The coronavirus has turned the way we work completely on its head. With social distancing orders still in effect at many companies, employees are trying to get used to the idea of working from home into 2021 and beyond. Though some people like working remotely, there are still many workers who aren’t completely comfortable working away from their offices.
If your company has the bulk of the employees back to work, your situation is rare. A survey found that more than half of companies have employees that work from home at least a couple of days per week. And 72% of employees would like to work from home at least twice per week.
Company culture is more difficult to promote when the team is partially or fully working away from the headquarters and remotely behind a computer screen. There are ways management can keep employees motivated through these challenging times so they continue to feel they’re part of a team, regardless of their work location, and can better adapt and remain a valuable, contributing member of your company. Keeping your employees productive and engaged is difficult right now, but it’s possible with some intention and effort.
Changes Start From the Top
For employees to feel inspired and motivated, leadership needs to provide the foundation for the changes. Adapting your company’s leadership style to be more sensitive to the strengths and weaknesses of your employees is crucial.
To have more effective leadership and management, getting to know each employee better can provide you with the insights you’ll need to make effective changes in leadership style. There are many leadership styles possible — the most effective for your company and the unique needs of your employees may be different than other organizations. In most cases, the leader that communicates well and shows their expertise works well since employees tend to mirror what their leader does.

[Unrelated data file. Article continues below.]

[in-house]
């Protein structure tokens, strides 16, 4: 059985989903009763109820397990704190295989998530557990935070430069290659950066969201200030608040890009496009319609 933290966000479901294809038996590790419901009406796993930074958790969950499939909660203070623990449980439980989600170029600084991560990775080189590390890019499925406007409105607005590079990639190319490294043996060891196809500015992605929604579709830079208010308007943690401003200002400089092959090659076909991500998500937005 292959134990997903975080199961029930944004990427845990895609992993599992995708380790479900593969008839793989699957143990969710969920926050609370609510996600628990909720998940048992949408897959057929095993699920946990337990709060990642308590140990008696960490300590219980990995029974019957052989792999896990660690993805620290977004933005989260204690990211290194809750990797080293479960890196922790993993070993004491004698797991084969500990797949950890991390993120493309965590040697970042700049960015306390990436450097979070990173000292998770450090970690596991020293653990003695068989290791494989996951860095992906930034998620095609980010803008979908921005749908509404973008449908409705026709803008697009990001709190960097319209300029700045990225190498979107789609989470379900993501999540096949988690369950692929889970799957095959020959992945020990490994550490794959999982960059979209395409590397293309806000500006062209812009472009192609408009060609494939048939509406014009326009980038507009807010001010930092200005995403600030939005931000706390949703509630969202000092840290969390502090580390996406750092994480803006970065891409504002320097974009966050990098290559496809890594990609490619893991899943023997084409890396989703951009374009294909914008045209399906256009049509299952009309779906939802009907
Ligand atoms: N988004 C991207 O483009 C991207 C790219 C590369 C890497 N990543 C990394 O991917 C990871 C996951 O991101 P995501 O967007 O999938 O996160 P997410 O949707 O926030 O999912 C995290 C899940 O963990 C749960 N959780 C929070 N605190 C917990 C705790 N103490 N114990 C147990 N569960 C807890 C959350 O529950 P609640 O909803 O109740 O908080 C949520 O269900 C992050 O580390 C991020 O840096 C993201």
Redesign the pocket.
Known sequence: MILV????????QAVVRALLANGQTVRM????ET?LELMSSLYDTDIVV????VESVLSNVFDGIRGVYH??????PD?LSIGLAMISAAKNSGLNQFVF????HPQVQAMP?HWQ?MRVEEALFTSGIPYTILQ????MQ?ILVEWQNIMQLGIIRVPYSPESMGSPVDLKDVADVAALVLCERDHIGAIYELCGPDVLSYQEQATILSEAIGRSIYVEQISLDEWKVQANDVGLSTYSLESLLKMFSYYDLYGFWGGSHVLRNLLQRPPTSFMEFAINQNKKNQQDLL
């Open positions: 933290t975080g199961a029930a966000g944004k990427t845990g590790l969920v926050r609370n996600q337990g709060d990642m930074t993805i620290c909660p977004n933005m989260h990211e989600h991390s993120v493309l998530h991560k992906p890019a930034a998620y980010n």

Provide Employees With Purpose
Employees aren’t always motivated by a high salary. Feeling as if they’re part of a company in which they can fit in with the culture is important. In addition to feeling as if they belong, purpose-driven work is crucial. Management should express their trust in their team so each employee feels as if they could belong and take ownership in what they’re doing. This means less micromanaging from management and more collaboration.
For example, asking your employees to provide you with a brief checklist or report of what they’re planning on working on over a week or a month can be a good way to help workers find purpose in what they’re working on. Discussing goals and setting targets based on their plans could help them feel as if they’re working towards achievements instead of simply spinning wheels completing tasks.
Keep the Company Culture Alive With Team-Building Exercises
It’s only natural that many remote teams may feel disjointed at this time due to the abrupt change in the workplace culture. Team-building exercises could be a fun and engaging way to get everyone in sync again.